tion of the lake. After decades of foot-dragging, the company and
the state and federal governments have o=ered a cleanup plan that
calls for dredging the most contaminated sediments and covering
the rest with a few inches of sand. Unfortunately, this leaves the
bulk of the contaminants spread over the entire lake bottom,
where they can easily enter the food chain. Chief Powless characterizes the solution as “prescribing a Band-Aid for cancer.”
The Onondaga Nation has called for a thorough cleanup of
their sacred lake, but, without title, their voice has not been
heard. The U.S. legal system has not been friendly toward
indigenous land rights. Too often, when the well-being of its
lands are being discussed, the Nation has had to litigate its way
to the table instead of being invited as a sovereign entity.
Joe Heath is the attorney and tireless advocate for the
Onondaga Nation. Lately, Joe’s phone rings with requests from
towns throughout the aboriginal territory for inclusion in the
dreamed-of restoration. These communities too have been damaged. They too have been marginalized by corporate interests.
Joe carefully tracks the reports of environmental injury, creating
a growing list of work to be done. The Onondaga, once made
voiceless by the law, are gaining respect as a voice for the land.
And while the Onondaga didn’t take this action with the intent
of acquiring other people’s lands, lands are coming to them
nonetheless. A local businessman is calling upon the county legislature to return lakeshore lands to the Nation. Others are willingly
selling lands adjacent to the reserve to protect them from suburban
development. Another extraordinary example, miles from the
reservation, is a beautiful old dairy farm of green meadows and
maple woods. It has been in one family for generations, bestowed
by New York State for services rendered in the Revolutionary War.
Those well-loved acres have been passed down again and again.
But the deed carries a clause written by that long-ago forebear that
one day the land must be returned to “the Indians from whom it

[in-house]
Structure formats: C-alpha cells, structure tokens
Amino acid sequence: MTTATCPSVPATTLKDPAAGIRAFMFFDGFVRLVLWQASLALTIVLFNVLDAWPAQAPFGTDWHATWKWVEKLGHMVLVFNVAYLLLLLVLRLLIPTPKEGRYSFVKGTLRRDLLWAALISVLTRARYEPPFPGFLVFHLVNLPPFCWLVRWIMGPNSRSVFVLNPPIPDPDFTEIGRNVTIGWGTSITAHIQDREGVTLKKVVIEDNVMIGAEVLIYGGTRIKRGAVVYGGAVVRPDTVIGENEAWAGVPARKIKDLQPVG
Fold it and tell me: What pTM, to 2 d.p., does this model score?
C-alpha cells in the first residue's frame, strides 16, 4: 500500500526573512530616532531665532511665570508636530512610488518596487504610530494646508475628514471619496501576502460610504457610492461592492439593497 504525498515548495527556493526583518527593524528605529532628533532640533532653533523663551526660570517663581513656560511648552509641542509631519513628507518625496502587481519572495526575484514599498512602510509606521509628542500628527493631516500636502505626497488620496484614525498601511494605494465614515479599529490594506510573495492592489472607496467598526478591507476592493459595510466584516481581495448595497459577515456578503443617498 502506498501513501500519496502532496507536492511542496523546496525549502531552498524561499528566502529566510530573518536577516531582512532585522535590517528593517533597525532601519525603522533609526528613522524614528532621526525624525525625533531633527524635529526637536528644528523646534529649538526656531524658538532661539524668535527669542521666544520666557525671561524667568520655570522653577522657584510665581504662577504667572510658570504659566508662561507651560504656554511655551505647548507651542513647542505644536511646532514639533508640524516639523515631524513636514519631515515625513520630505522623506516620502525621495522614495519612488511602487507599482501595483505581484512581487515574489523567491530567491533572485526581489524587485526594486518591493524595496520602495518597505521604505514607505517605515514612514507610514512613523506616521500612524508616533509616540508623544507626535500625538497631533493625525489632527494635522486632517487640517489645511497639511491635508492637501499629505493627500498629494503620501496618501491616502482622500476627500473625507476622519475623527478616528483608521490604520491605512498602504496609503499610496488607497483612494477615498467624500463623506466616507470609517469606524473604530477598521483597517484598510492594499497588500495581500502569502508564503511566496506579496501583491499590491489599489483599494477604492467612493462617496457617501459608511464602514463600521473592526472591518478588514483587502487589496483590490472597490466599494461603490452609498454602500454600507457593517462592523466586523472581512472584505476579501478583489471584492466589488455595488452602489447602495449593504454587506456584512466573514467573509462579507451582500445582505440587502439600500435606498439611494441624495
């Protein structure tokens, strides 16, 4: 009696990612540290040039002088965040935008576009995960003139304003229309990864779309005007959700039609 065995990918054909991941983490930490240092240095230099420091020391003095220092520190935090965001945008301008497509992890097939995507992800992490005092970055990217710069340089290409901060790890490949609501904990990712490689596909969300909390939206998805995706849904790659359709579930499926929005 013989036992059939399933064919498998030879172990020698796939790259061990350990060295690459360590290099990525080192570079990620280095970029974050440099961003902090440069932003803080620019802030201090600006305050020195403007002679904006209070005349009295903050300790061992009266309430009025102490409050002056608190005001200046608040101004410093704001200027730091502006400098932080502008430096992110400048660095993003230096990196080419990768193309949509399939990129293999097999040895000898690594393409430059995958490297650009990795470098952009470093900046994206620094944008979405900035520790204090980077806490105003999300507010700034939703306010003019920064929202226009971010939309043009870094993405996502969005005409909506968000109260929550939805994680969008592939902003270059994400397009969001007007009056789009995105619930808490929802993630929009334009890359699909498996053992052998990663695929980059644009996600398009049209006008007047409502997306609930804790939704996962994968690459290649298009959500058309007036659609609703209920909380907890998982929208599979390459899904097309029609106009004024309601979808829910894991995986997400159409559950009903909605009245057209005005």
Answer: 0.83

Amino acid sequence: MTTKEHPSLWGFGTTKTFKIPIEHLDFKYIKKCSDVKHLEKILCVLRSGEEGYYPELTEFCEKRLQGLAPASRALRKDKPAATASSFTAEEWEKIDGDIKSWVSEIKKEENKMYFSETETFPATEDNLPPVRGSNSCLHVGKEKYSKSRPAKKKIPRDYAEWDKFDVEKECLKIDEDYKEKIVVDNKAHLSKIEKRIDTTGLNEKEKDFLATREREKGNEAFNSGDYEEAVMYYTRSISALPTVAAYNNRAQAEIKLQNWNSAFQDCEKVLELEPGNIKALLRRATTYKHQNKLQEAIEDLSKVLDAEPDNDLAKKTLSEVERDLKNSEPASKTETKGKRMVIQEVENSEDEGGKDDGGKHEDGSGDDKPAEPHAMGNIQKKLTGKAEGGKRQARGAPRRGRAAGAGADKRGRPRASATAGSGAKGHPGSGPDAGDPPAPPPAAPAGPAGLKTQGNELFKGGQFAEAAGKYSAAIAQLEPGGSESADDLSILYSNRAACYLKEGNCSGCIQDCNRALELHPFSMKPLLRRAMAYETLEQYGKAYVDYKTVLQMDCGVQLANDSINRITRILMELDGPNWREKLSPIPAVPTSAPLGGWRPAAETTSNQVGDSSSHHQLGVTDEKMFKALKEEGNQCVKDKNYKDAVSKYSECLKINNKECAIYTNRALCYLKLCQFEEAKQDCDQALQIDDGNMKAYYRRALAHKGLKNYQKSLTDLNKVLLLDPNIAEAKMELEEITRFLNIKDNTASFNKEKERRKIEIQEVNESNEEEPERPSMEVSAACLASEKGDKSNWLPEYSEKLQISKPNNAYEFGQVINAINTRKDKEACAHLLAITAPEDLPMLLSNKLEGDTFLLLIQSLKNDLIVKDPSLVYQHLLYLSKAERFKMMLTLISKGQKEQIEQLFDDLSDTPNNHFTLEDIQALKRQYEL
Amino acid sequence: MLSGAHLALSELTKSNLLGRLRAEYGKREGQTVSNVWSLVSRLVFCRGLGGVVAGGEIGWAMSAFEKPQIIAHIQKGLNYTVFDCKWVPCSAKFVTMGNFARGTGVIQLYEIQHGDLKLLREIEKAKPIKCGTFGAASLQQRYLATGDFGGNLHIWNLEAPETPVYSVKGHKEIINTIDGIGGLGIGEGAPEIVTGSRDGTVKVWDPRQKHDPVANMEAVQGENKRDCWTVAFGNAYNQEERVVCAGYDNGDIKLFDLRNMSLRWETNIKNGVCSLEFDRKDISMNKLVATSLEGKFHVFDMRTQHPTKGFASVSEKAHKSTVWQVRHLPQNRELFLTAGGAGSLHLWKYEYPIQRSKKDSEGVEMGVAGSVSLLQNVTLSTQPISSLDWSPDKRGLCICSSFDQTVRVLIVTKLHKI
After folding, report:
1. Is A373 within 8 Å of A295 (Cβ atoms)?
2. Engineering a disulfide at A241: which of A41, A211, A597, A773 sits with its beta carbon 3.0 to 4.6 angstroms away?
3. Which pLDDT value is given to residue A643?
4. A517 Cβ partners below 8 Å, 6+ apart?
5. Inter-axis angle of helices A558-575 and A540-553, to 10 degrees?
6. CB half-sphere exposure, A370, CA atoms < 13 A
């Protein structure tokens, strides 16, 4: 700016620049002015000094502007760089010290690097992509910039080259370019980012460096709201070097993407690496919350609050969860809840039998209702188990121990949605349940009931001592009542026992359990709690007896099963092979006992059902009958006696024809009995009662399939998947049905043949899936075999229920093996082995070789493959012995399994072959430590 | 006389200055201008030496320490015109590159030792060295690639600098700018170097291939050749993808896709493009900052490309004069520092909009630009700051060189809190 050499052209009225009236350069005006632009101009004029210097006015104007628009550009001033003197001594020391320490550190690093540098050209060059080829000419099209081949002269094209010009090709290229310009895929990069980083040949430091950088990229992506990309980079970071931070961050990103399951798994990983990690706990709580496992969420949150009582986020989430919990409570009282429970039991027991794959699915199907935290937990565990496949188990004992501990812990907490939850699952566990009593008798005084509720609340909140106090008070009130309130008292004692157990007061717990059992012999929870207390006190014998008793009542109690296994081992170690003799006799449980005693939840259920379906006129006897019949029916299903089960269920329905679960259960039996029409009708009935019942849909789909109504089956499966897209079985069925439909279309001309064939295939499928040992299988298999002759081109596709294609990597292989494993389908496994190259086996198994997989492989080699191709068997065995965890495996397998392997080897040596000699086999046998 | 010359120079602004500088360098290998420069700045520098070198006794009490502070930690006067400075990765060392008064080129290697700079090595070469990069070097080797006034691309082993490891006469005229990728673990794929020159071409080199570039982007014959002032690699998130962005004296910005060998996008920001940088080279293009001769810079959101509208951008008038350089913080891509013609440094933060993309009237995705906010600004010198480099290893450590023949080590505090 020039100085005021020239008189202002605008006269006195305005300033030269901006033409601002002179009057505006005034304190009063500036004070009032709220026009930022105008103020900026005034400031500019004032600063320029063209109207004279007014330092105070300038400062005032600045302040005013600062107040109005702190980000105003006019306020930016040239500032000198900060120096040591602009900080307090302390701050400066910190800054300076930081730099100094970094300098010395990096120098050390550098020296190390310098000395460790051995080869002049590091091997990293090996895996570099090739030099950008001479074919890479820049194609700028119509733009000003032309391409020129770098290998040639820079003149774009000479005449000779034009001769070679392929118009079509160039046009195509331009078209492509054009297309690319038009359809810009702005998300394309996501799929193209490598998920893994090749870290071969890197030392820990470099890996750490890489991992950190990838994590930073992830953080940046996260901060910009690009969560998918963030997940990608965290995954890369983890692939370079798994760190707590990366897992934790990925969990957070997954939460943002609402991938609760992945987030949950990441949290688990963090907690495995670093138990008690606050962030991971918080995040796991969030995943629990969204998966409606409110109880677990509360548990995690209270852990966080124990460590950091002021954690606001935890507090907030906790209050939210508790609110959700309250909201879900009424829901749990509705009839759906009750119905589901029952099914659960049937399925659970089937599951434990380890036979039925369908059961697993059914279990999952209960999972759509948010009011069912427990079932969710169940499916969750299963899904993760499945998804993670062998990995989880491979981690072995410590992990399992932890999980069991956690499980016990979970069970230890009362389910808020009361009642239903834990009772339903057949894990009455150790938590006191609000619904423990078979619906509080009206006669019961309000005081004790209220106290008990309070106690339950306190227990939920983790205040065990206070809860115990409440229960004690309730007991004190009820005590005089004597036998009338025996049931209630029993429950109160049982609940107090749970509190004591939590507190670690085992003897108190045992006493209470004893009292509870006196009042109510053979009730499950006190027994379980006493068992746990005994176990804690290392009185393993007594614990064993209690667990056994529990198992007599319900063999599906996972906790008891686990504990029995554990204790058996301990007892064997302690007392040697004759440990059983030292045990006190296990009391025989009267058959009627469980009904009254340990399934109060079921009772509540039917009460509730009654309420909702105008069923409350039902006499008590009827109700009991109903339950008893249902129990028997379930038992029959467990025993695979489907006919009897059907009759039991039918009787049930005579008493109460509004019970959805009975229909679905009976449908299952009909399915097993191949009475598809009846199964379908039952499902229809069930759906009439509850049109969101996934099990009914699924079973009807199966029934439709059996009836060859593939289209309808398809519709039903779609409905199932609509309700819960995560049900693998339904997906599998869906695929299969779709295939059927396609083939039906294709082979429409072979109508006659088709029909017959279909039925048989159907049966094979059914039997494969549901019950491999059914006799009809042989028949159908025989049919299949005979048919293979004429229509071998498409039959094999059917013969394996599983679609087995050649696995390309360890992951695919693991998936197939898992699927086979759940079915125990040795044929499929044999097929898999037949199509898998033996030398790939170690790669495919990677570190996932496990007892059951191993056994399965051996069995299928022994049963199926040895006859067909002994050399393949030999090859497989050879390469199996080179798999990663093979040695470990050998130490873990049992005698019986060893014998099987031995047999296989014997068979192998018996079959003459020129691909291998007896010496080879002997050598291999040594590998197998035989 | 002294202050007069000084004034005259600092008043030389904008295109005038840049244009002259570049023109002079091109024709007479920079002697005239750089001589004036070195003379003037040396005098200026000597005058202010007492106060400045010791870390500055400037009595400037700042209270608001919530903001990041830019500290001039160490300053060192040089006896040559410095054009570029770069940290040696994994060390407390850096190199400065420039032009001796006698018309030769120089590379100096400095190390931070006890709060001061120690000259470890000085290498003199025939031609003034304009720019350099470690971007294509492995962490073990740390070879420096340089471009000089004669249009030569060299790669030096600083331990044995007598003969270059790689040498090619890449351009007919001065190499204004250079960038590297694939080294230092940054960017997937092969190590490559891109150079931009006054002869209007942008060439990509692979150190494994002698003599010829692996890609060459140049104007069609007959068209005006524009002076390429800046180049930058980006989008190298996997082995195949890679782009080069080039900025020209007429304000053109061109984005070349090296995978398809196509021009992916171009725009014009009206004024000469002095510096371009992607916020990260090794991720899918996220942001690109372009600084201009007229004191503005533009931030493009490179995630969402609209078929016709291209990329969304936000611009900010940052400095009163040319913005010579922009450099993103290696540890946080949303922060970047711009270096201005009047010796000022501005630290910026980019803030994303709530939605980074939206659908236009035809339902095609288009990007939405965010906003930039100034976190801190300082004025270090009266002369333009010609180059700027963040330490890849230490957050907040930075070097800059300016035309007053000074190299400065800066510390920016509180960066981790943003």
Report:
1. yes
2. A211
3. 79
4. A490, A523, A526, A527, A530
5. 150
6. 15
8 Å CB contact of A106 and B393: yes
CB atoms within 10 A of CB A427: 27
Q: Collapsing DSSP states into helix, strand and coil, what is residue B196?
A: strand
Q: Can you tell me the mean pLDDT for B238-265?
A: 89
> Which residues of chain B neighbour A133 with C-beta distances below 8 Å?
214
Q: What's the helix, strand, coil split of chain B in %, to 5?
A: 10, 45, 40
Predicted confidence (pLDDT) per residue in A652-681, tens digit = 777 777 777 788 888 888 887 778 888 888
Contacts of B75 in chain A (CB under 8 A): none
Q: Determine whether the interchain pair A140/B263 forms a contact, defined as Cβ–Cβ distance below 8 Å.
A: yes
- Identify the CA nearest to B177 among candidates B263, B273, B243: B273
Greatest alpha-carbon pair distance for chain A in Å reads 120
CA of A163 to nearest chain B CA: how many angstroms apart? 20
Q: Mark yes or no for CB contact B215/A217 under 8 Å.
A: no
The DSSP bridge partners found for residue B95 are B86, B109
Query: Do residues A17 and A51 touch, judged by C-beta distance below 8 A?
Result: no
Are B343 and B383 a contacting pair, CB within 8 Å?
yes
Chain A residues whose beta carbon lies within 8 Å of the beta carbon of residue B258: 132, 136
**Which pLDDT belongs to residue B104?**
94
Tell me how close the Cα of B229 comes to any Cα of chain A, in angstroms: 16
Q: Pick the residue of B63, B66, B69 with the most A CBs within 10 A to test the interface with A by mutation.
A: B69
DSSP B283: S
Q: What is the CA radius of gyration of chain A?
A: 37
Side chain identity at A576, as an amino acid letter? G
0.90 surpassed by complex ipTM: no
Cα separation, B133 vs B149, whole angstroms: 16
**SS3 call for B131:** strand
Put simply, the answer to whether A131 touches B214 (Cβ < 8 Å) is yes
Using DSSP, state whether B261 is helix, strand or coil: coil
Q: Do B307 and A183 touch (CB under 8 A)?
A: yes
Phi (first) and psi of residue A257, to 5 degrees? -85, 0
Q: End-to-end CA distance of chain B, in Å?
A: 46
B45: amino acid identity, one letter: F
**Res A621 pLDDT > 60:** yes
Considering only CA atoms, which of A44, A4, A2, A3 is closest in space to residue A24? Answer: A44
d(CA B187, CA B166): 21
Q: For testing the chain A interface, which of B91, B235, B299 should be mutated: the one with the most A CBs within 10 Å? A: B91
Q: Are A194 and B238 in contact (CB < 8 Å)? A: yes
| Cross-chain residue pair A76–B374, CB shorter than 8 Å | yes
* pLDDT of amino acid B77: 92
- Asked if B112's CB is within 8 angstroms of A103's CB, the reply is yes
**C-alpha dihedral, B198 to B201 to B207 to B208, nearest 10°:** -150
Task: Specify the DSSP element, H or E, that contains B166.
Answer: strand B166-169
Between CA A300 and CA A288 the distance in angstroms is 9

was taken.” A few years ago, the last heir, now elderly, contacted the
Nation to give back what was rightfully theirs.
A neighbor of mine wonders, “Should I give back my land,
too?” But that’s not what the Onondaga are teaching. They don’t
ask that we give the land back, but that we give back to the land,
to care for it as if it were our home, too.
I think that the land rights action is an invitation for the people of this watershed to engage in becoming indigenous to
place. No newcomer can ever match the Onondaga’s identity
with these hills, but what does it mean for an immigrant culture
to start thinking like a native one? Not to appropriate the culture
of indigenous people, not to take what is theirs, but to throw o=
the mindset of the frontier, the mindset that allows people to
bury sacred sites under industrial waste, to >ll a lake with mercury. Being indigenous to place means to live as if we’ll be here
for the long haul, to take care of the land as if our lives, both
spiritual and material, depended on it. Because they do.
The Earth is generous with us—and forgiving. We can be the
same with each other. Becoming indigenous to place also means
embracing its story, because the restoration of the land and the
healing of our relationship mirror one another. Coming to terms
with injustice is an act of liberation. By making the past visible, we
can then see our way forward. I suppose that’s why some of us rode
the bus to court with our Onondaga neighbors—to bear witness to
the telling of truth and to accept the hand o=ered in healing.
Even after everything, that the people who su=ered so greatly
can now turn to their neighbors with such a gift seems an act of
immense generosity. The Onondaga people are o=ering us a gift
of vision. Out of their endless thanksgiving for the land, they are
inviting us to dream of a time when the land might also give
thanks for the people. a
What is your dream for the land? Share your thoughts and consider
the dreams of fellow readers at orionmagazine.org.
Winter Is a Big Empty House
Also cold. There is no heat
or maybe no one has started up the furnace.
We’re standing on the porch, the dogs and I,
the place between indoors and out some of you might call
by other names, ones that end in a vowel
or mean “any room grown over with vines.”
It isn't on the map because it always moves
but the air there is as gold as pears
and smells like apples, which excites the dogs
who want to eat everything along with the cricket
in the corner who won't stop playing even
when it's time to go in. I do not want to go in,
to the hallways where people are shivering,
entire floors once flooded, now black and reeking,
where bad dreams are stacked like magazines,
molding, unread and unreadable.
I want to stay here sniffing, sipping fresh-pressed juice
the color of chestnuts while white smoke of morning fog
burns holes in the sky, like snow in summer,
hot and cold, burning and freezing, paradise, the fall.
— Emily Wheeler